I've rarely run into priests who have strayed strictly because they couldn't keep their promise of chastity. There is a difference between of vow of celibacy and a promise of chastity. In theory a priest violating his promise of chastity is no different from a lay person. Marrying the person breaks the vow of celibacy and that is quite different. Had Fr. Alberto not been a priest celebrity Miami Catholics would be talking about something else entirely, as the 'offense' would more than likely have been an issue between Fr. Alberto and his confessor. Fame has it's drawbacks.
What I have experienced is priests who question their vocation do so at first for entirely different reasons, usually having nothing to do with celibacy. Sometimes it's a poor relationship with their bishop, estrangement from their fellow priests, a lonely posting, or a spirituality which is evolving beyond what they are expected to preach. There is usually some other serious disconnect before the eyes start to stray. The reason one never hears about this is that the Vatican usually only allows for dispensation from priestly vows for reasons of celibacy, not spiritual angst, loneliness, or problems with authority. Better it be a woman's fault than the Church's or a priest's failing. I appreciate that Fr. Alberto is keeping his partner out of the story because he seems to understand what ever the failing it's not hers.
I really hope this story helps move forward the discussion about dispensing with the vow of priestly celibacy. As Fr. Alberto is quoted as saying "making it an option would be better and healthier." I agree it would make the current priesthood better and healthier, but it would not answer the fundamental problems with the clerical and hierarchical system. It would in essence be nothing more than a band aid.
The real problem is a theology of priesthood which places the priest spiritually and religiously above the laity. Maybe that's the lesson that Fr. Alberto will take from his prayer and contemplation. That in reality his collar does not elevate him above his parishioners, just as in that same reality neither does his celebrity status. That's not just a humbling lesson, it's a critical spiritual lesson. It's not the clothes or ritual which makes the authentic priest, it's the mindset.
This is the biggest reason I don't much support the ordination of women. I don't actually see the point if the theology behind the priesthood stays the same. Changing the gender of the priest doesn't change the fundamental issues of separation (power) and control. Spiritual leadership should be a matter of authentic spiritual living. Our current seminary training more or less layers a monastic lifestyle on priests who are then expected to work in the real world. No one considers the monastery the real world. It's not designed to be. A relational style which works in the close quarters of a monastery, in which personal relationships are discouraged, does not work well in the real world.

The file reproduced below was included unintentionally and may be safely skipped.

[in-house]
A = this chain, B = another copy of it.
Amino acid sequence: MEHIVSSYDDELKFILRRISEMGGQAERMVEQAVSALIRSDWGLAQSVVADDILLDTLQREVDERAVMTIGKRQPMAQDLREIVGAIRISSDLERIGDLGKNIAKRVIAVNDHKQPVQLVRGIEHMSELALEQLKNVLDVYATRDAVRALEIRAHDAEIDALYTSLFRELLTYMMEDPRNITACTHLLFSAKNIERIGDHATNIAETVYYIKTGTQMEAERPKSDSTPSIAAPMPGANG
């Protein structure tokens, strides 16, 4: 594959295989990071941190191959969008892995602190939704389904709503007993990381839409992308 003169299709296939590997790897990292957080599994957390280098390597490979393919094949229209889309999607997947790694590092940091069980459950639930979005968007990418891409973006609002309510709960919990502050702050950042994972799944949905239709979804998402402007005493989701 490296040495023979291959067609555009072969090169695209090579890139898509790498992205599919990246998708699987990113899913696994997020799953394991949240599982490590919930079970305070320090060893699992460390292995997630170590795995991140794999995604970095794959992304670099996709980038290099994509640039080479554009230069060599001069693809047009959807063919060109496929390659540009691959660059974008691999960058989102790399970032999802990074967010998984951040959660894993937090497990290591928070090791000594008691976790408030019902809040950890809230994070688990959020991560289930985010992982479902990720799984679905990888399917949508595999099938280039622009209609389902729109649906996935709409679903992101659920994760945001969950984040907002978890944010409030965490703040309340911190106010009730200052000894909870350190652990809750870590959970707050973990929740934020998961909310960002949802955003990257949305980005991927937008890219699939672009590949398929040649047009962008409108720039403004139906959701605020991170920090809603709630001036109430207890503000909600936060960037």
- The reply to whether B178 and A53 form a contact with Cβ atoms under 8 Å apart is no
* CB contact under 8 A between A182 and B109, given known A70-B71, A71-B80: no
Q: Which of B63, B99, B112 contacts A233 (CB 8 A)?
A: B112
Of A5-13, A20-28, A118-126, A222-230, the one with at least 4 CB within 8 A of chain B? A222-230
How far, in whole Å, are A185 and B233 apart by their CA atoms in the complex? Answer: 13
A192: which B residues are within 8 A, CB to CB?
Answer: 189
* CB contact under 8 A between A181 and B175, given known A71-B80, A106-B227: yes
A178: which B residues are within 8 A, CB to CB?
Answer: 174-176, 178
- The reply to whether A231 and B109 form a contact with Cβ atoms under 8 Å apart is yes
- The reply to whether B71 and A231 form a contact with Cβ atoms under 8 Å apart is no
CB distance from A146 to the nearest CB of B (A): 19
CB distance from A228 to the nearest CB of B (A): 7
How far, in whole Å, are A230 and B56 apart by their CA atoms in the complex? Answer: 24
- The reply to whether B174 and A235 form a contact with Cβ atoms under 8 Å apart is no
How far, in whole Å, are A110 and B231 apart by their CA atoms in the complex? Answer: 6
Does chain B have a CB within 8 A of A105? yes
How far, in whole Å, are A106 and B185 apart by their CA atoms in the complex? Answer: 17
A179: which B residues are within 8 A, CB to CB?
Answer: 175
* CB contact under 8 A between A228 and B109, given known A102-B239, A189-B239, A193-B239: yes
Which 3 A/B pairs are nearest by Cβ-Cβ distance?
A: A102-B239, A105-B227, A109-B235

It's not like the lack of priestly vocations isn't sending this message. It's more that those men who were trained in this system and devoted their lives to it, can't hear that message. I feel for Fr. Alberto and hope his period of discernment leads to serious self truth and that he continues to speak his truth. He won't be the first priest whose disciplined for speaking their truth, and I doubt he'll be the last.
There are a couple of other articles on Clerical Whispers today which deal with other priests who have been or are in the process of being excommunicated or disciplined. Fr. Peter Kennedy of St Mary's South Brisbane is about to be disciplined for starting St. Mary's In Exile, and Bishop Ohlmsted of Phoenix has excommunicated a second gay priest for signing up with the Reformed Catholic Church. That brings the total to three priestly excommunications in Phoenix.
In the meantime, the Diocese of Miami will ordain three priests this coming Sunday. Two are widowed Deacons past retirement age. I appreciate their willingness to take on such an assignment when most of their peers are fishing and golfing, but they too are part of the message.
If these two stories out of Miami are the future of the priesthood, the Sacramental Church is in serious trouble. I wish Pope Benedict all the best when he travels to the Middle East, but there is a big part of me that thinks it's time he looked at the state of his priesthood--for the sake of his entire Church.